‘Student Education Trust’ investing in the success of the next generation If we want our kids to grow up strong in their culture and strong in the mainstream world, education is the key.

The Student Education Trust (SET) is one of the key strategies introduced under Cape York Welfare Reform (CYWR) in Aurukun, Coen, Hope Vale and Mossman Gorge to improve the education of our kids. SET is an education trust that lets parents and carers plan ahead and save to support a child’s education and development from ‘birth to graduation’. SET seeks to change social norms around education by shifting responsibility for the provision of school materials back where it belongs - with parents and carers. SET is all about investing in education - we want to see our people making a greater investment in the success of the next generation. The first SET account was opened in 2004. Since then, over 800 accounts have been opened across the four CYWR communities to support over 800 individual students. Based on the most recently available data, this represents nearly 80% of the population of individuals aged zero to 19 years in these four communities. At the end of 2013 there were a total of 555 unique donors to these SET accounts–many of whom were donating to multiple accounts. The vast majority of donors are women—mums, grandmothers, aunties and sisters. Great to see strong Indigenous women in these communities investing in a better future for the next generation!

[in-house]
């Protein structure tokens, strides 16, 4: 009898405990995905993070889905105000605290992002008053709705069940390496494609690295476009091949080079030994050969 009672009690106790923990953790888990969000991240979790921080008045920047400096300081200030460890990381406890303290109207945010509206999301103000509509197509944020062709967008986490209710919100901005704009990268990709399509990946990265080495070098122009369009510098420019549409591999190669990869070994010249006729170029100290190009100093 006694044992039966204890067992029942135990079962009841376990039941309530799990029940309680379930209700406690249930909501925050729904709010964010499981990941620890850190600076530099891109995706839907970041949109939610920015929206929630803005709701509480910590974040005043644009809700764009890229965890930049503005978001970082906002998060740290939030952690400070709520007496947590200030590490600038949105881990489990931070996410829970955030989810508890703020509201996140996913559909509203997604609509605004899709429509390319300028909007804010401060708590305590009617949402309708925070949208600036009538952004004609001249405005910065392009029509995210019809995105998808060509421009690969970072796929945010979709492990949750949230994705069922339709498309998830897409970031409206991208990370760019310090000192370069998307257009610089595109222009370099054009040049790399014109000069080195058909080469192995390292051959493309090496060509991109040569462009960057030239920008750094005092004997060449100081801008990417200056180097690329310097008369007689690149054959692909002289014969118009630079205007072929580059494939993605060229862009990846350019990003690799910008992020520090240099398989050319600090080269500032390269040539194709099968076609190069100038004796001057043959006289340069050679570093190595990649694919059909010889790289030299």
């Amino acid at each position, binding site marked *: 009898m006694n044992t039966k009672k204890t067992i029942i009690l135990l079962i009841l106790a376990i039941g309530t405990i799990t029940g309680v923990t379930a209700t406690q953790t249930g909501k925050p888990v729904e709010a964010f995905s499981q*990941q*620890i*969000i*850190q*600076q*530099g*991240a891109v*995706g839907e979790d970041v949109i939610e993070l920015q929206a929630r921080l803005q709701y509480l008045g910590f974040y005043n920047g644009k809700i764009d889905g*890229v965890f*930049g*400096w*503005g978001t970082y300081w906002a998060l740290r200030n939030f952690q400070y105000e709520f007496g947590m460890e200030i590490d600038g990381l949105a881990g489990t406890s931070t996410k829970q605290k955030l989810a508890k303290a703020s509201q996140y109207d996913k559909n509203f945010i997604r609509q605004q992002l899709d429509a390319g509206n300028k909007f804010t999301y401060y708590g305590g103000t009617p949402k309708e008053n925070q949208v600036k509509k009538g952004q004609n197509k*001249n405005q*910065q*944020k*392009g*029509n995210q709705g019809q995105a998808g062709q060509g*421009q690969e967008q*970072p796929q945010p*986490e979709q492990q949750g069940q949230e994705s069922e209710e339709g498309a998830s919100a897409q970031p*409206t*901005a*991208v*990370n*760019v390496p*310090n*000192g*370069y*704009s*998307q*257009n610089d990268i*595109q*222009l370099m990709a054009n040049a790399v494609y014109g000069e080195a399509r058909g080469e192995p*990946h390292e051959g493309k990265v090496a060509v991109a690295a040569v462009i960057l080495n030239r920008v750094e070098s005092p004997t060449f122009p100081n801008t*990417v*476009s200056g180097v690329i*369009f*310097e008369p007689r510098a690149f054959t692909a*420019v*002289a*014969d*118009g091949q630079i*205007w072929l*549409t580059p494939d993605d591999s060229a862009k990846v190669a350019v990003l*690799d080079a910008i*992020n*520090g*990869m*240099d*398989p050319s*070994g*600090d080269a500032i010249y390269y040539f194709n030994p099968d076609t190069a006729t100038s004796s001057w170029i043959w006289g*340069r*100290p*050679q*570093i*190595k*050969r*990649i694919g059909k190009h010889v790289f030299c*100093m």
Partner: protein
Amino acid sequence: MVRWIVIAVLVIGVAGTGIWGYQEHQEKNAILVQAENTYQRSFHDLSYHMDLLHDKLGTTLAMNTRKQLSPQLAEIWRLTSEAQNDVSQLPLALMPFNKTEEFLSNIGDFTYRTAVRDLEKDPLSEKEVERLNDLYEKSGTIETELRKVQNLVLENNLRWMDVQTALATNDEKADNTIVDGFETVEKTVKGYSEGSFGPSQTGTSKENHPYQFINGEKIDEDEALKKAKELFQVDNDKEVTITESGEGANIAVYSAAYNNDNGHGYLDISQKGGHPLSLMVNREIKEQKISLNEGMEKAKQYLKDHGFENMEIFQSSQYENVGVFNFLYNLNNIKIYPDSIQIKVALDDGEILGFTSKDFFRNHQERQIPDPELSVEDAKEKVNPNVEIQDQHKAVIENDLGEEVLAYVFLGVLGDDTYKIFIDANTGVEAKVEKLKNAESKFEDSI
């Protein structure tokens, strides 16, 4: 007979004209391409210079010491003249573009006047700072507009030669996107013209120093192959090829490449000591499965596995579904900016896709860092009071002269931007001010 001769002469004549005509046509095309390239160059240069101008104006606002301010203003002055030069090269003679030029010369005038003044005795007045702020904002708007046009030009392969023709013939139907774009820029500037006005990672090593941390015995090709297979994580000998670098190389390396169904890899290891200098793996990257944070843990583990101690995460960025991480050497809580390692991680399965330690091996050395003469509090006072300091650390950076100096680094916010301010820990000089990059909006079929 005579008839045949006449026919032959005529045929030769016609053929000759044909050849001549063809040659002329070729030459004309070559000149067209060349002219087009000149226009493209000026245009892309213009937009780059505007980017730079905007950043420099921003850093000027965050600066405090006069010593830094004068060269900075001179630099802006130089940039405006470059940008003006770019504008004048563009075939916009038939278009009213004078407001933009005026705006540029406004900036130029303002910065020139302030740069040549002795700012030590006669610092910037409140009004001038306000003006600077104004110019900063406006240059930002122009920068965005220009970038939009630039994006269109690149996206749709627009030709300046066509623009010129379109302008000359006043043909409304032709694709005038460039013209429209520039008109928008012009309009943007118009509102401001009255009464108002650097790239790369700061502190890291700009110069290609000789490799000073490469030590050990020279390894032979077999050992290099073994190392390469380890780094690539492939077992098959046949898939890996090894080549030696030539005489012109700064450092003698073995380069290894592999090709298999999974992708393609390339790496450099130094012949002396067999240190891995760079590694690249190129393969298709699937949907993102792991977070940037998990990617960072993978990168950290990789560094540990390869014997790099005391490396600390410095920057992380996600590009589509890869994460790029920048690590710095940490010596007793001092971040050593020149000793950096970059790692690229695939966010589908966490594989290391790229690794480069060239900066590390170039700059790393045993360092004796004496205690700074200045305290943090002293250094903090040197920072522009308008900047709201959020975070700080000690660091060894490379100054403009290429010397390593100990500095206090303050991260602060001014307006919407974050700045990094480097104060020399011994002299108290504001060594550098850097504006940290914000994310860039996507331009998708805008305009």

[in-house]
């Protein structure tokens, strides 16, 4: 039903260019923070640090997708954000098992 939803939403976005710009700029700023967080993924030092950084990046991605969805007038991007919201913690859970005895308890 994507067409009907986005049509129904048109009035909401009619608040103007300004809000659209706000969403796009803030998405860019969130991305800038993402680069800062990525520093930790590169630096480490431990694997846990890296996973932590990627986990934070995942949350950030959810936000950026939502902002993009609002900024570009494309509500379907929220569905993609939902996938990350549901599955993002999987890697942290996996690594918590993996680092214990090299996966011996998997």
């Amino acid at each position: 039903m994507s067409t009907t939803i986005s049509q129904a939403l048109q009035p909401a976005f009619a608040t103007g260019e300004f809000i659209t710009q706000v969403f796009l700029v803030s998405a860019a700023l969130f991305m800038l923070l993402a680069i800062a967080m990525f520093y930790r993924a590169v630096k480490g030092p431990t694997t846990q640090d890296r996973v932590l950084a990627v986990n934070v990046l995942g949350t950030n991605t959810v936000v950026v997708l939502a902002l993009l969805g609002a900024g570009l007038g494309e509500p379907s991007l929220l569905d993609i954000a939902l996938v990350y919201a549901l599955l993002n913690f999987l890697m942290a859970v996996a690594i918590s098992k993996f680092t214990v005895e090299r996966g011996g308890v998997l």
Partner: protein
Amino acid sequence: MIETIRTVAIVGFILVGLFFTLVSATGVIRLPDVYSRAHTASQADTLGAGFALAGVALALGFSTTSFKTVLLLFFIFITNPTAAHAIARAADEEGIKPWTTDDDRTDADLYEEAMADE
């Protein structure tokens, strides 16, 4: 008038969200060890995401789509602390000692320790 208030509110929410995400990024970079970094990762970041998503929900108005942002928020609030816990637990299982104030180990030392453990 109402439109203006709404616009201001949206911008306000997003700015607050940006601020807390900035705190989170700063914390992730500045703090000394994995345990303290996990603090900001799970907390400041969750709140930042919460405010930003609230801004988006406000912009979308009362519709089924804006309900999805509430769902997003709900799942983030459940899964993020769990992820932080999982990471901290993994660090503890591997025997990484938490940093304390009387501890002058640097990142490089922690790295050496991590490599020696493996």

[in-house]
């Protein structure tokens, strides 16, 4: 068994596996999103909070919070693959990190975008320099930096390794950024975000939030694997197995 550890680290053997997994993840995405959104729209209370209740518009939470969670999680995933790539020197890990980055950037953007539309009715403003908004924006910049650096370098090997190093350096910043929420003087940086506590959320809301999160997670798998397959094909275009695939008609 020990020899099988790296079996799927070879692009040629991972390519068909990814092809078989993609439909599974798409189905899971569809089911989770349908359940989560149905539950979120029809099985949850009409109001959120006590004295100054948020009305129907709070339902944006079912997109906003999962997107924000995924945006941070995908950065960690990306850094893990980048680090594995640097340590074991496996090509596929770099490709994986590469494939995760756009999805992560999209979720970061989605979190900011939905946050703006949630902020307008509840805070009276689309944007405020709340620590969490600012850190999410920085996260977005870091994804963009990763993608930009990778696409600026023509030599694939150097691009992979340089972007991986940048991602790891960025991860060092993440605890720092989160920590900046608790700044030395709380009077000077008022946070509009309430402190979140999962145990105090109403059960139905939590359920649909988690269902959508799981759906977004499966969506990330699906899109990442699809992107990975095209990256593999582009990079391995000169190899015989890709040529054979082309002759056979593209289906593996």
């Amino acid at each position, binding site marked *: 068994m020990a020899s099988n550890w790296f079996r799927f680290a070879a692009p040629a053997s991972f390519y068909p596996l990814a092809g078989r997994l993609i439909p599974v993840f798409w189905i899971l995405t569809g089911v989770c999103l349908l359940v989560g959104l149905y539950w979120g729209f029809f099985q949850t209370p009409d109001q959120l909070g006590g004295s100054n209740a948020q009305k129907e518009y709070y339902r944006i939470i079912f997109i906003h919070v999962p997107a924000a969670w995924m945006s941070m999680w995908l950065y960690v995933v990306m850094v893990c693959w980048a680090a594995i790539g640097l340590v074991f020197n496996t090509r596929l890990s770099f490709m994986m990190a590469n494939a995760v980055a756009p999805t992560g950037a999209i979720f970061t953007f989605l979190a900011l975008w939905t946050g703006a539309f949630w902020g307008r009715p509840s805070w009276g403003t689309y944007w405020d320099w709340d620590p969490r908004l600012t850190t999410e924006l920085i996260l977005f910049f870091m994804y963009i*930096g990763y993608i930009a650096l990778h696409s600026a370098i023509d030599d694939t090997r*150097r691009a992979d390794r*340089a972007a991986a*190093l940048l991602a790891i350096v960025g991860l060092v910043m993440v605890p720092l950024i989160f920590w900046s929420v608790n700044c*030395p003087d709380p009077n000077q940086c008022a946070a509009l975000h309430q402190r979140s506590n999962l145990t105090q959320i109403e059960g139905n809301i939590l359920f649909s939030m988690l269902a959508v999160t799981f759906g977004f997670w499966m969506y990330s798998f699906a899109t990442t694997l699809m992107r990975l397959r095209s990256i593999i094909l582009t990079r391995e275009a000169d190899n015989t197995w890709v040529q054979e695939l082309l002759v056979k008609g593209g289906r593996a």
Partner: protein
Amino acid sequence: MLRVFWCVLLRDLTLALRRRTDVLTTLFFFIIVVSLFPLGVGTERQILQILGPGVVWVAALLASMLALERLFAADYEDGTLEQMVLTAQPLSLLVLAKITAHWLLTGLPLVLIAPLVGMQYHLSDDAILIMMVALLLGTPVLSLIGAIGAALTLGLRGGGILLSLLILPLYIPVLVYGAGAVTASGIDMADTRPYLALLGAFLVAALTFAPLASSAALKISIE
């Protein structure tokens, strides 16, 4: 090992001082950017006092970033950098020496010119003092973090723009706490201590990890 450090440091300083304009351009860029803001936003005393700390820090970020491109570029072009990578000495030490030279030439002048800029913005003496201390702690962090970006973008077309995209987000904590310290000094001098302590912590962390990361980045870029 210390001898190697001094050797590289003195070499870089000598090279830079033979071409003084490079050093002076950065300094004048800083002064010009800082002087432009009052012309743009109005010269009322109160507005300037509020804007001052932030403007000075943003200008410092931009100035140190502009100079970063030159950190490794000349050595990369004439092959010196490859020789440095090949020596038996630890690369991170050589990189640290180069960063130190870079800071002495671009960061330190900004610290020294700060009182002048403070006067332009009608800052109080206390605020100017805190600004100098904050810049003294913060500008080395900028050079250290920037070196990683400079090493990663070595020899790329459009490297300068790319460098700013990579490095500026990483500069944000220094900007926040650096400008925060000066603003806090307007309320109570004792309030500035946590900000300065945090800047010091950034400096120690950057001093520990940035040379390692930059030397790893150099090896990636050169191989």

Importantly, the gap between saving and spending is closing too over time. This tells us that we have got SET just about right. Students are seeing real outcomes from SET- money is not being left to languish in SET accounts, but is instead being used to purchase important school materials. SET has achieved a huge shift in social norms around education. Things are beginning to change. Whereas families once relied on the government to provide them with school materials, or students simply went without, families are now becoming the main providers of these goods. This sends a strong message to students: EDUCATION IS IMPORTANT! While SET has already achieved great things, it is only the beginning in a long journey. We want all students in the CYWR communities attending school all of the time, so they can achieve great things. SET will continue to play a critical role in ensuring that parents and carers take responsibility and make sure that their children have the best opportunities to achieve success.